Another move that Gillick will probably make soon is the return of catcher Carlos Ruiz to the major leagues, this time in a starting role instead of as a part time platooner with veteran Sal Fasano. It is becoming clear that aging veteran Mike Lieberthal may not be completely healthy for the rest of the year and it behooves Gillick to find out now if Ruiz is the answer for 2007 or if he must go out and sign another catcher in the off season. Undoubtedly, Gillick would prefer the former as the current plan is for minor league hot shot catcher Jason Jaramillo to become the regular backstop in 2008. It would make his transition that much easier if Ruiz showed an aptitude for the job in case Jaramillo struggles.
It would help with the process of picking up the pieces if veterans Jon Lieber and Randy Wolf were deemed healthy enough to pitch sometime this month. Lieber continues to recover slowly from his alleged groin strain while Wolf suffered a small setback recently when he was hit on his pitching hand by a line drive off the bat of an opposing hitter. Up to that point Wolf was pitching effectively and had an early July target in mind for his return to the Phillie staff.
While it appears that Wolf's injury is minor and he could be back on the mound shortly, this still makes Gillick's decisions somewhat complicated until the veteran lefty can show that he can stay healthy enough to take the mound on a regular basis. If so, watch for his return to the rotation by August. Not necessarily so Lieber, who despite denials from all concerned, may be suffering from a sore arm as well as groin problems. Truth be told, Lieber has seldom resembled the hurler who won 17 games last year and with a history of arm ailments on his resume, is a likely candidate for shoulder or elbow woes.
The Phils have mysteriously been quite silent on Lieber's return to active status, constantly pushing it back weekly. If Lieber remains sidelined past the July All-Star break the chances are strong that it is arm and not his groin that is keeping him on the disabled list. This is a story worth watching in the coming weeks and one that will likely influence any future moves Gillick may consider.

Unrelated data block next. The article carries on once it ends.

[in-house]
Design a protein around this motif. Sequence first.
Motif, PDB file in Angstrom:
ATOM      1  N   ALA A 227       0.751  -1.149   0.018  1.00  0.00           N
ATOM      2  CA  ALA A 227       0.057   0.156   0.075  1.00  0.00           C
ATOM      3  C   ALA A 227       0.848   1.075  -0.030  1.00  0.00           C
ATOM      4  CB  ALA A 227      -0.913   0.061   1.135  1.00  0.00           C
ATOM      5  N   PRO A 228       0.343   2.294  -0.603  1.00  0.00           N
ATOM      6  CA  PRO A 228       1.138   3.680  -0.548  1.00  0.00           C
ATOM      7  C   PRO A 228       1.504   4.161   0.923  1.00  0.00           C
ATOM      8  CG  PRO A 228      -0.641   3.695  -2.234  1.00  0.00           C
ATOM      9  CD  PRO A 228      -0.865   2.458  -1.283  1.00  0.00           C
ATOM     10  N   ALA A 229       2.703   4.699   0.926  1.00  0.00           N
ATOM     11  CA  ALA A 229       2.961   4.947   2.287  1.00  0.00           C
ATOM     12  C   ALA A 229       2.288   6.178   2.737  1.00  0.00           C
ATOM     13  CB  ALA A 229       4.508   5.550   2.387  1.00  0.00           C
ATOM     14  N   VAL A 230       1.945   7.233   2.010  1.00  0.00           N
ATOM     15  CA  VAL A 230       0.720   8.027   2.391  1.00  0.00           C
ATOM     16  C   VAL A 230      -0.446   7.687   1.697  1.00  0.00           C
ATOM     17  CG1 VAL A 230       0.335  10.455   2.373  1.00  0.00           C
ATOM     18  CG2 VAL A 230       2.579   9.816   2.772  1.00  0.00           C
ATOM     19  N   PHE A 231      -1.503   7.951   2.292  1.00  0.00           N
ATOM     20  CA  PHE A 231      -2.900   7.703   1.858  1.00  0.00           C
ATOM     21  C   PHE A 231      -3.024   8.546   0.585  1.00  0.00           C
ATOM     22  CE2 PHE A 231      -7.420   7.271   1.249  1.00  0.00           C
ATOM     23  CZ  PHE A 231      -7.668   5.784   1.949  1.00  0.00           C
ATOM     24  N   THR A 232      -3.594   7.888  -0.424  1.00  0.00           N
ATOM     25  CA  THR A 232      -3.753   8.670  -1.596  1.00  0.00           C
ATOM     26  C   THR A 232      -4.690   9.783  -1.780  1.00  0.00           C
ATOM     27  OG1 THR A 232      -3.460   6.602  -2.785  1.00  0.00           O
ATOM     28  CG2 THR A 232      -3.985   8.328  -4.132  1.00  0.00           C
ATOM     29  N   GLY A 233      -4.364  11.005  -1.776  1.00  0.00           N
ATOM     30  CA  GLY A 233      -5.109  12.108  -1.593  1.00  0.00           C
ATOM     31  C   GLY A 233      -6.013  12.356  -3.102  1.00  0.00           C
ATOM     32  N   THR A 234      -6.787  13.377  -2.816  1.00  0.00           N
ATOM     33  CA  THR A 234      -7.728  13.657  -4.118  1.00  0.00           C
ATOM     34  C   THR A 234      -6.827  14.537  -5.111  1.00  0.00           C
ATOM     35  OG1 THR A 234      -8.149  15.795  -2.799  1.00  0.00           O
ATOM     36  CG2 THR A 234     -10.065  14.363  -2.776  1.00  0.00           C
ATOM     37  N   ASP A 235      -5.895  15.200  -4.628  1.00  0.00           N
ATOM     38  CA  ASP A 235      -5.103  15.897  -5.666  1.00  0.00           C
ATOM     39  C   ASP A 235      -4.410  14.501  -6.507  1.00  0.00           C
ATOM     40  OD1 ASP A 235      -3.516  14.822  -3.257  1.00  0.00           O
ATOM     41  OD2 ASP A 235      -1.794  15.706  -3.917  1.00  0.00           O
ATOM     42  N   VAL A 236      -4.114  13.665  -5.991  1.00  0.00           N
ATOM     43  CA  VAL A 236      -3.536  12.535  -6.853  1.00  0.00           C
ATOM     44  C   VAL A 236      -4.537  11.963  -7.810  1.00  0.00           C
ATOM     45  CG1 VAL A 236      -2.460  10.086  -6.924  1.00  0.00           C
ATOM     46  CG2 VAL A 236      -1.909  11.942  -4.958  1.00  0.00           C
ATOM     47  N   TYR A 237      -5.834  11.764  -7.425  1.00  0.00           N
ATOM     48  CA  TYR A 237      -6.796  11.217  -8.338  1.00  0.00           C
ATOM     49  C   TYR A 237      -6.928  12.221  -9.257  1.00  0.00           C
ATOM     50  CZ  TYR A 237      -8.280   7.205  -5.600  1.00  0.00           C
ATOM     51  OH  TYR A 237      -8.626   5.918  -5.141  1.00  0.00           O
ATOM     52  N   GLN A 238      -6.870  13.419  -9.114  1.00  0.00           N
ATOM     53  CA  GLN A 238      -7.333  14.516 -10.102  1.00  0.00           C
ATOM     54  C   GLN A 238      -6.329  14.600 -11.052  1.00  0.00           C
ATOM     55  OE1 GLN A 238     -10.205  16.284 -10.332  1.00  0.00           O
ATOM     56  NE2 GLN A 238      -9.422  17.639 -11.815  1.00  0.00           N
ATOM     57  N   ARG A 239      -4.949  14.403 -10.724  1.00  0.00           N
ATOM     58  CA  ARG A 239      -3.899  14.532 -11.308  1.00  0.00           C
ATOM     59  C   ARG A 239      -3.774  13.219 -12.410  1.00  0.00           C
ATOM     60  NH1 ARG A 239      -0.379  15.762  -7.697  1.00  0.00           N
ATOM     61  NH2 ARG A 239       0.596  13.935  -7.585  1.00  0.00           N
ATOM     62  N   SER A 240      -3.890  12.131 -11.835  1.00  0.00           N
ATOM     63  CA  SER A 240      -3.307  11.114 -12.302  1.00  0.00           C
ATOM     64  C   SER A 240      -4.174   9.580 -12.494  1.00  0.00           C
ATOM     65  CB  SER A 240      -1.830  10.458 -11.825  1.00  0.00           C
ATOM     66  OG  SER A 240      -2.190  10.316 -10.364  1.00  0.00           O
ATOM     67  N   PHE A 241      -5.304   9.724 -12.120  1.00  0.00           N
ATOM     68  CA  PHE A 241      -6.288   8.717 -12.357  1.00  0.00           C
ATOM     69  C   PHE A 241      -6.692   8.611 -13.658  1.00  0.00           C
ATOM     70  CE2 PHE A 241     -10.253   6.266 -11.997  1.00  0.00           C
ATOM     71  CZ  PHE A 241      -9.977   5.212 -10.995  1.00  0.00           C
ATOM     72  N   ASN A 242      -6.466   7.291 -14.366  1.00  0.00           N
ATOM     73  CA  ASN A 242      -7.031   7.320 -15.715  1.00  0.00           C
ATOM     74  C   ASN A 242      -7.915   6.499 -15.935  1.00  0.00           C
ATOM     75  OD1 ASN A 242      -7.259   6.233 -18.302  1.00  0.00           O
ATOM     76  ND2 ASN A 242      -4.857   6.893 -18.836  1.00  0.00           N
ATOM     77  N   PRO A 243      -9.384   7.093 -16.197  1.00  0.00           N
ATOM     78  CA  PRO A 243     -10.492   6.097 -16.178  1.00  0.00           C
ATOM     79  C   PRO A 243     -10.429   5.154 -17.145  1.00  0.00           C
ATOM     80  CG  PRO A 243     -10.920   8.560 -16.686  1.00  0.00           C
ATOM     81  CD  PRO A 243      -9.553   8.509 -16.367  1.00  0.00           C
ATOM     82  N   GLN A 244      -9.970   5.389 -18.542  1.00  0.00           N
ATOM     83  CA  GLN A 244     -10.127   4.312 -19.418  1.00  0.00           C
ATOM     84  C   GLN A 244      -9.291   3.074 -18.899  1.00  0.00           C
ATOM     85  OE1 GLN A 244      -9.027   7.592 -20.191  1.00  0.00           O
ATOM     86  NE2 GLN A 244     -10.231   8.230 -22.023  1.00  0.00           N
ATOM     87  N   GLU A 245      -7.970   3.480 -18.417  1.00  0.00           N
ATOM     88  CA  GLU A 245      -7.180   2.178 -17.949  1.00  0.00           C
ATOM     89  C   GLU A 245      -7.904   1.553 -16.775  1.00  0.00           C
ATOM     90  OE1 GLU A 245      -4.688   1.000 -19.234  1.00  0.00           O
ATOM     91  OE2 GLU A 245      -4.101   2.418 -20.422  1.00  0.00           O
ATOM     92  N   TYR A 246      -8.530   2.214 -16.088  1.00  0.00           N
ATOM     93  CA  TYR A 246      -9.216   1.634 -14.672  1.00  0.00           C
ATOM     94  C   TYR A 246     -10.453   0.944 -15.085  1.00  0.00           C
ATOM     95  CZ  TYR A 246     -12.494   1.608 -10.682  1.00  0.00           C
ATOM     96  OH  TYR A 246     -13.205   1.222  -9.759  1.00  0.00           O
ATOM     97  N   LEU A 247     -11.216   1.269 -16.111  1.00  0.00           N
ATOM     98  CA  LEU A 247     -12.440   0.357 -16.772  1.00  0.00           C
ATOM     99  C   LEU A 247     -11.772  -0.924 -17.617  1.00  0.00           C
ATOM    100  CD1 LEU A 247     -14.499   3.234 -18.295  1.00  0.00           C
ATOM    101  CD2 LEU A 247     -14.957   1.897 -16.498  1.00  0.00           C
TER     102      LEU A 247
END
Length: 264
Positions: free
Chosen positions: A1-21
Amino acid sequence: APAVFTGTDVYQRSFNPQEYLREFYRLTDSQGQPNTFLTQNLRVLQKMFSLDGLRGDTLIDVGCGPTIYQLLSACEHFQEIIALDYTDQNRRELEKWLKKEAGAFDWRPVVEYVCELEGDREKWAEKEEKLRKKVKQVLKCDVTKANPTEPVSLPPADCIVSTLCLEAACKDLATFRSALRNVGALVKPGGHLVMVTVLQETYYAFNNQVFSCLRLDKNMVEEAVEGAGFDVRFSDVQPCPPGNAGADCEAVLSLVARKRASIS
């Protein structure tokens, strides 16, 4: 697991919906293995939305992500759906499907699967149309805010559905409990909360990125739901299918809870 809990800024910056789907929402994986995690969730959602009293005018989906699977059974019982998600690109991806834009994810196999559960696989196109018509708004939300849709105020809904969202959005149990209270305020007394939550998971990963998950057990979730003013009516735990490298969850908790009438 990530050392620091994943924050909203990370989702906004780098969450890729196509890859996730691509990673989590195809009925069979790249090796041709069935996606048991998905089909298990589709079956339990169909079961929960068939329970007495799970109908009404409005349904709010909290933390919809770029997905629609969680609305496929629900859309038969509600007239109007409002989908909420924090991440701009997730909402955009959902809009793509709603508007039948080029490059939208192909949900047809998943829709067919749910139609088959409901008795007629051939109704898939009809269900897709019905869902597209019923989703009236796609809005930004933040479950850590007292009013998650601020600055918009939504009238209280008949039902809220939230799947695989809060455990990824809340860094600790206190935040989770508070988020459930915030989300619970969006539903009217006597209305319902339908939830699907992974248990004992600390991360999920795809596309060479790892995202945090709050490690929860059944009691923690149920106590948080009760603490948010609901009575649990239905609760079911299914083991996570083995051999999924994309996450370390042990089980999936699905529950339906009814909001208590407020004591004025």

Finally, the Phils should just forget about the first place Mets and just concentrate on playing winning baseball for the next three and a half months. Frankly, the Mets are just better than the Phils right now and are unlikely to suffer any major slumps this side of playoff time. They are one of those rare clubs who designed an off season plan to become an instant powerhouse and saw all the puzzle pieces fall nicely into place. With a double digit lead on the Phils currently, it seems pointless to worry about what goes on with the Metropolitans. Come playoff time, they will be there, along with the Cards and either the Dodgers or Padres and so it is the wild card berth that the Phils should now focus on.
At present the Cincinnati Reds occupy the wild card lead, but from where I sit, this seems but a temporary position. Oh, the Reds are improved mightily and could make a deal to insure their spot in the playoffs but as presented constructed they look a bit weak to hold off the advances of the Houston Astros. Not only have the Astros withstood yet another abysmal start, but they are ready to welcome back future Hall of Famer hurler Roger Clemens to their staff. He, along with fellow star Roy Oswalt, almost guarantee a slump free summer for the ‘stros.
Other than Houston, the Braves finally look prepared to relinquish their stranglehold on post season play, the Diamondbacks too distracted with off field issues involving steroids and the Giants too old to withstand the ravages of Father Time. Only the Padres could challenge the Astros for post season play as a wild card entrant and San Diego could well win the NL West.
Thus is the challenge that Gillick faced when he took the job back in October and he is probably not surprised by the task at hand given the ill-fitting pieces he saw when he first glanced at the roster. Still, he could not have imagined that this roster would be struggling to stay above .500 as June slowly turns its head towards July. The team still has wild card aspirations and the field appears wide open. What Gillick does between now and the trading deadline on July 31 will tell us much about whether or not those aspirations are warranted.
Gillick now has two jobs before him and nary a moment to lose. He must reconstruct those ill-fitting pieces to form a more well rounded product. Yet before he can reconstruct, he must first begin by...picking up the pieces.
Author's Note: As many of my readers have dutifully reminded me, I mistakenly referred to a movie in my last column as "The Ghost and the Shadow." Of course, the movie was correctly entitled "The Ghost and the Darkness." Thank you for reading and keeping me on my toes!
Columnist's Note: Please send all questions and comments to email@example.com or visit Philliestalk.com and email me there and I will attempt to respond. Thank you! CD from the Left Coast